This week, Bryan Hurt gives us a fabulist story in which CEOs practice blood sacrifice to ensure quarterly profits. (Believable.) The story, “Contract,” went up on Lit Hub on Wednesday and is part of Hurt’s debut collection Everyone Wants to Be Ambassador to France, winner the Starcherone Prize for Innovative Fiction. “Contract,” like the rest of the collection, is dark but funny, absurd yet sincere, as is evident from its very first lines:
When the CEO took his children to the bone altar, the girl turned her head and exposed the softest part of her neck. She was ready for it.
She knew that all fathers sacrificed their daughters eventually, so didn’t protest much when the knife went in.
Hurt has lines like that all over his stories—lines presented so matter-of-factly that they buzz with the ring of truth. All fathers sacrifice their daughters eventually. Later in the story, we’re told, “All sons sacrifice their mothers eventually.” At its core, “Contract” is deeply concerned with the sacrifices we make on the altars of success, happiness, independence, love. The ways we hurt each other, and hurt ourselves, to attain the things we want. Here, the sacrifice is just a bit more literal:
He’d already sacrificed the dog, the cat, the guinea pig, the goldfish. He’d sacrificed his personal assistant, which was sad because she gave really good blowjobs. So in a sense he’d sacrificed those too. He’d made all of his vice presidents sacrifice their families and then he sacrificed his vice presidents. Everyone who worked for the CEO sacrificed and was sacrificed on his alter of bone.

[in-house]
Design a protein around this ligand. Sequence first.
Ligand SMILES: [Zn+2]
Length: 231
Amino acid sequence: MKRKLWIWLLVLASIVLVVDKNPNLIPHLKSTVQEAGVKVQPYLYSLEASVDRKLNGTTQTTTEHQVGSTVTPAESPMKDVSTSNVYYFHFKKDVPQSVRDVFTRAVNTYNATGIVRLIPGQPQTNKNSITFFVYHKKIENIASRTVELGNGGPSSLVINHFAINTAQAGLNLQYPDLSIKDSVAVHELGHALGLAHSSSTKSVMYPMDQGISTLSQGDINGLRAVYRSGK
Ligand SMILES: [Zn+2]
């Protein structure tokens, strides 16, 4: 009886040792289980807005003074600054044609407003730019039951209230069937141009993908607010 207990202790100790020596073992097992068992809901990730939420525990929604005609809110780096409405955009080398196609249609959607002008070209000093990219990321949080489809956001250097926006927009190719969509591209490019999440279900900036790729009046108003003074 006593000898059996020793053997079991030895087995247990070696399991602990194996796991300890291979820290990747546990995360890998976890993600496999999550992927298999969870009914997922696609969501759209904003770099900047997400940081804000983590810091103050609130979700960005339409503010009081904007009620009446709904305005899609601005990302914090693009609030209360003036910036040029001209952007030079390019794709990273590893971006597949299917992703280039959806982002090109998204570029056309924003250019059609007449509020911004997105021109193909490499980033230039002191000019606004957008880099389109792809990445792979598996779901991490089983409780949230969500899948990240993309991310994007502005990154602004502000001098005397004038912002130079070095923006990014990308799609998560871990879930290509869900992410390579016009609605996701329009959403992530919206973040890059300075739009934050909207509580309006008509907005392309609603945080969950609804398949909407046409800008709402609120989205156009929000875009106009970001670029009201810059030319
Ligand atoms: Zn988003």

But it wasn’t enough.
The CEO’s wife is also the daughter of a CEO, so she knows how the contract works. She’s already survived one sacrifice, when her father tried to sacrifice her on her college graduation day. She asked him to sacrifice something else—a cow, her roommate—but no. “It had to cost him something in order to be meaningful.” So when he took her to the nearest bone altar, she did give a sacrifice: she cut off her own left hand. And then she ran.
This is not a woman who goes down lightly.
After she escaped her father, she lived a life without contracts. Selfish, reckless, full, and free. A life that was hers and no one else’s. Until she met her second CEO, her future husband, and got married. Another contract, though a happy one, at first:
So father fear aside, she married the CEO. Married him because even though he was a CEO, she liked everything he did for her, liked the way he held her hand and looked into her eyes, liked that he used blood to thicken the sauce, liked the way he made her feel. Which was valued, loved, and happy.
The story is arranged like a contract, with numerals dividing it into sections and subsections, 1.1 through 10.10. Some may consider these headings a gimmick, but they do serve a purpose: they impose a choppiness to the story that forces the reader to slow down, take things piece by piece. They also lend to the tactical, business-like tone of the story and remind you all the way through that this story is about a contract. Unbreakable. Binding.
Because it’s easy to think, part way through, that the wife will be fine, the wife will get out. She’s smart; she’s plucky. But it’s not so easy to break a contract—a business contract, a marriage contract, a human contract. For success, we sacrifice time. For marriage, independence. For children, our bodies, our selves. One thing Hurt’s stories do so well is reveal larger truths through absurd situations, and this holds true for “Contract.” It’s an inescapable truth: For everything given, there’s something owed.